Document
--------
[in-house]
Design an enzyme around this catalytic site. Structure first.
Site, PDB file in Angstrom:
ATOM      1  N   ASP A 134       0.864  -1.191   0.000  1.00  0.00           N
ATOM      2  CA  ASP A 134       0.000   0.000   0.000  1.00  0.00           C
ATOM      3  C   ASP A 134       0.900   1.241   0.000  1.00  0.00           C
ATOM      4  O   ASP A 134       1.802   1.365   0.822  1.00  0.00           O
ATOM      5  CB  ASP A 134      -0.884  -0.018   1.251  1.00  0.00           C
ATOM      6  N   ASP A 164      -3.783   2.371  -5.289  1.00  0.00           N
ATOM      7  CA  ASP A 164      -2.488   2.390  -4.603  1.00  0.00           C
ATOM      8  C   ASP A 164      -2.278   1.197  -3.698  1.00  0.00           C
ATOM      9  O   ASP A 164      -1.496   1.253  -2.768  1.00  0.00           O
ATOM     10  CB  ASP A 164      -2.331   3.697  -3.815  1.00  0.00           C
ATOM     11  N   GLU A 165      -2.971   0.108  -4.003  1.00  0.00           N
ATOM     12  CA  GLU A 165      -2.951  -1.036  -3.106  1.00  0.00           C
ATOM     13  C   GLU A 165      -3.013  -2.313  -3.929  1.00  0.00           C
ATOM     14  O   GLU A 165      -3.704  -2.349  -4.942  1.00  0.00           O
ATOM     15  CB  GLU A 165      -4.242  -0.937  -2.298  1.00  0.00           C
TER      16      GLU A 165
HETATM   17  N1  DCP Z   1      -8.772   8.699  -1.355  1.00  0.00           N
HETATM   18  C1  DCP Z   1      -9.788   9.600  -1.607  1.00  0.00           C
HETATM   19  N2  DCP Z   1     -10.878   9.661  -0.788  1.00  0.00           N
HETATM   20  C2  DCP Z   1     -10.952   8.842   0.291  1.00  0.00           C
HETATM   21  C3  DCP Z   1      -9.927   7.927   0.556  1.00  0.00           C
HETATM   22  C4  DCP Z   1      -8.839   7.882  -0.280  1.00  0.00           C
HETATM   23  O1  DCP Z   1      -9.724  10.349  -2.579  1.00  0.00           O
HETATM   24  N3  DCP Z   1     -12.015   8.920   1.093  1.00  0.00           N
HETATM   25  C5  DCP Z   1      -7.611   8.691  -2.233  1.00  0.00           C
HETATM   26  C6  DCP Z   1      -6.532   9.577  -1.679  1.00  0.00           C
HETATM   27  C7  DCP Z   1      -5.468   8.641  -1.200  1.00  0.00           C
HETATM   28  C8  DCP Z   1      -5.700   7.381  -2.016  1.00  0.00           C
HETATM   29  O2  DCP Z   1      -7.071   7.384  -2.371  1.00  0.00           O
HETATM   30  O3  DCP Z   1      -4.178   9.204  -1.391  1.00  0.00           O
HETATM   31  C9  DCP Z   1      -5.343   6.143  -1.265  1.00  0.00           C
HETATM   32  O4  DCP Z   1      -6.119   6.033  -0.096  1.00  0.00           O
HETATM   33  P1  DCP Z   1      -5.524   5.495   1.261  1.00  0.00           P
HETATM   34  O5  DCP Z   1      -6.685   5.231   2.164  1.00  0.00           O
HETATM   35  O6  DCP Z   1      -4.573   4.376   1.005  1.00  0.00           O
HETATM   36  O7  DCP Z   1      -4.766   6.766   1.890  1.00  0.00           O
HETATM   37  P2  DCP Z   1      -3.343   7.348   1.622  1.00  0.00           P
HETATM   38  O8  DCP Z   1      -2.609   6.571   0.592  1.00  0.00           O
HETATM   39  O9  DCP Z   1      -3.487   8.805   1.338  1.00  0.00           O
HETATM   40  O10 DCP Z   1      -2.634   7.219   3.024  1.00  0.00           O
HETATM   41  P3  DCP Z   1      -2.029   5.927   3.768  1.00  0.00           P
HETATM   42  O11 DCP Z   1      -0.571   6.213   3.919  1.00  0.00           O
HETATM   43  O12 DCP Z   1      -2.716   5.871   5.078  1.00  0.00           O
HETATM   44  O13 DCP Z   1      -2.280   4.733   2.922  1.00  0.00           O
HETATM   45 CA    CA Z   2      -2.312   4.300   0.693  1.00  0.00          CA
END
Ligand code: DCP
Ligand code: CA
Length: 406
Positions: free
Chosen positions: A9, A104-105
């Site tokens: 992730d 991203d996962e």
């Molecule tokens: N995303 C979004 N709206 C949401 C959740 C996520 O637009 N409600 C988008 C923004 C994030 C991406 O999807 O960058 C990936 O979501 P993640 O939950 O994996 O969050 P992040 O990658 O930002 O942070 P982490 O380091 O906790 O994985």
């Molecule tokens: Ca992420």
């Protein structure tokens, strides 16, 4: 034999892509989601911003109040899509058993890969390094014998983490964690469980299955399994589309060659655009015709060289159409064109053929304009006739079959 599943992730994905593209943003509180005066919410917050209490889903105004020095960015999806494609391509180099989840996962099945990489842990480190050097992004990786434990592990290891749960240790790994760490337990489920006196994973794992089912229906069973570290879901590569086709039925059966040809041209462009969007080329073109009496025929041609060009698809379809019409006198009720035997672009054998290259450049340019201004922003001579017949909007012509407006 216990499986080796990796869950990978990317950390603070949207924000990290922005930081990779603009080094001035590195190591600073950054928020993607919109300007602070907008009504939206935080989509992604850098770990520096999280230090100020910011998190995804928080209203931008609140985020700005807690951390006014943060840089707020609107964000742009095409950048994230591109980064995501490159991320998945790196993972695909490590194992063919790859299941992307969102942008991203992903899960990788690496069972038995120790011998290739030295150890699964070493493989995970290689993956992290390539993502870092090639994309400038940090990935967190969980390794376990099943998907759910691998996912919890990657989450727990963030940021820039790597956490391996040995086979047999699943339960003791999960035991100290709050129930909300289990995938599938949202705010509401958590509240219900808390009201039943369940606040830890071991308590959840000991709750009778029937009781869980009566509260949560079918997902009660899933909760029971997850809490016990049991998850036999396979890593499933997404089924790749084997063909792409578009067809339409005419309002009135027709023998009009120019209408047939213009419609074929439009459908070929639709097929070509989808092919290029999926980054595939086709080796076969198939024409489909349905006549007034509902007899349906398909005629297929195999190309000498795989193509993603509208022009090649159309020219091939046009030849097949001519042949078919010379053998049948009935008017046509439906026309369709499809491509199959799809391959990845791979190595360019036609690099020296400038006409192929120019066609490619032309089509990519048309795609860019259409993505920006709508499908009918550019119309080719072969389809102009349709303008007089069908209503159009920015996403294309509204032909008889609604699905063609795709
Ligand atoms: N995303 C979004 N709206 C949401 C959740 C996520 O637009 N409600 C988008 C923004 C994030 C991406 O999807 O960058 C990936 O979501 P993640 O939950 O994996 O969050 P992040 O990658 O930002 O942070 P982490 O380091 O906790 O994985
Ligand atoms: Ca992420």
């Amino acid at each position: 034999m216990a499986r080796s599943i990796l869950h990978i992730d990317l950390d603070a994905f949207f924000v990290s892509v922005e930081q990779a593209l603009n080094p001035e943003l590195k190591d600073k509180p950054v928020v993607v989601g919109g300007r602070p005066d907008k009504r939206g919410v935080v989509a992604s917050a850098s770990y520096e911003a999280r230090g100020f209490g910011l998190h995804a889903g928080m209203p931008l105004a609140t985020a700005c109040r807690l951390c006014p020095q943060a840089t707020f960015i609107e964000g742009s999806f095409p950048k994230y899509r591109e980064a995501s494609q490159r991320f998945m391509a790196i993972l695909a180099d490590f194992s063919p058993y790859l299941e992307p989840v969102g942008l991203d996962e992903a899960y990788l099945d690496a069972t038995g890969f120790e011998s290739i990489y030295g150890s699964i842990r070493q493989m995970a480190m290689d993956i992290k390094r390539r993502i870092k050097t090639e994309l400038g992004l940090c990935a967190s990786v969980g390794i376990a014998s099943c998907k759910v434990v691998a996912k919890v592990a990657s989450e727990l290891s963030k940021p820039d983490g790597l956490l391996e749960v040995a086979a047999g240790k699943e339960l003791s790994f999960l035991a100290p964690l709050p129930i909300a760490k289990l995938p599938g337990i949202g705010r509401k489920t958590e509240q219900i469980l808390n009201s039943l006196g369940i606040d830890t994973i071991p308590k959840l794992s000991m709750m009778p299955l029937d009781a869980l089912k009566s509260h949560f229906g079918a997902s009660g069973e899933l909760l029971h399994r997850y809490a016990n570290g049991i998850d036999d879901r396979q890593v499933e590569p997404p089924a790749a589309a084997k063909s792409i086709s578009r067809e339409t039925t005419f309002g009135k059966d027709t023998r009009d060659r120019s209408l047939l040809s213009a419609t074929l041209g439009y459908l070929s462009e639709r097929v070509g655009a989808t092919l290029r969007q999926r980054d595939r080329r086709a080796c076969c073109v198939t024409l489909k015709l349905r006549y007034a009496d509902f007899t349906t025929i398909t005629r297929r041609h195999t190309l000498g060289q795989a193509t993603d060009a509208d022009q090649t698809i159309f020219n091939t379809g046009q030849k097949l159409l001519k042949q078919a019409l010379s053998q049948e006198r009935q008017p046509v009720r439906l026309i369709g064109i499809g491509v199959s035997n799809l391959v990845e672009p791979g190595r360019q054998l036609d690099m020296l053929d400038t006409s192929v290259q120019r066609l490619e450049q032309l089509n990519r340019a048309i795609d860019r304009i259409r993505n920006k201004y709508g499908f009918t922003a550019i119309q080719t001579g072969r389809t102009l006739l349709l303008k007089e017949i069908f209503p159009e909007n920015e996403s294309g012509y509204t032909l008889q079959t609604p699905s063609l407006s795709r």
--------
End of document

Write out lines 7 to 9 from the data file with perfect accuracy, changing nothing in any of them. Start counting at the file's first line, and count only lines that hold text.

ATOM      4  O   ASP A 134       1.802   1.365   0.822  1.00  0.00           O
ATOM      5  CB  ASP A 134      -0.884  -0.018   1.251  1.00  0.00           C
ATOM      6  N   ASP A 164      -3.783   2.371  -5.289  1.00  0.00           N